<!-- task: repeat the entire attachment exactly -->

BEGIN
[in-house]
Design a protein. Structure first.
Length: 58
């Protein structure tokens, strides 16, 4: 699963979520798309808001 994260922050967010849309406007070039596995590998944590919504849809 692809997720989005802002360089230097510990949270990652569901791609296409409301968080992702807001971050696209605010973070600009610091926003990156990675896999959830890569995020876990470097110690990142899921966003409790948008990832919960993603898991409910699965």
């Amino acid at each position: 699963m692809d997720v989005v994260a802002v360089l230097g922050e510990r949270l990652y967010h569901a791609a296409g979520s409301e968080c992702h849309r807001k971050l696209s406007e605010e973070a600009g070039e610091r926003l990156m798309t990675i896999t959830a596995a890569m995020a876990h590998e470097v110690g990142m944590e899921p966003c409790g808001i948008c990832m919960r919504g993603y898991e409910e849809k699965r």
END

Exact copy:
[in-house]
Design a protein. Structure first.
Length: 58
């Protein structure tokens, strides 16, 4: 699963979520798309808001 994260922050967010849309406007070039596995590998944590919504849809 692809997720989005802002360089230097510990949270990652569901791609296409409301968080992702807001971050696209605010973070600009610091926003990156990675896999959830890569995020876990470097110690990142899921966003409790948008990832919960993603898991409910699965």
């Amino acid at each position: 699963m692809d997720v989005v994260a802002v360089l230097g922050e510990r949270l990652y967010h569901a791609a296409g979520s409301e968080c992702h849309r807001k971050l696209s406007e605010e973070a600009g070039e610091r926003l990156m798309t990675i896999t959830a596995a890569m995020a876990h590998e470097v110690g990142m944590e899921p966003c409790g808001i948008c990832m919960r919504g993603y898991e409910e849809k699965r």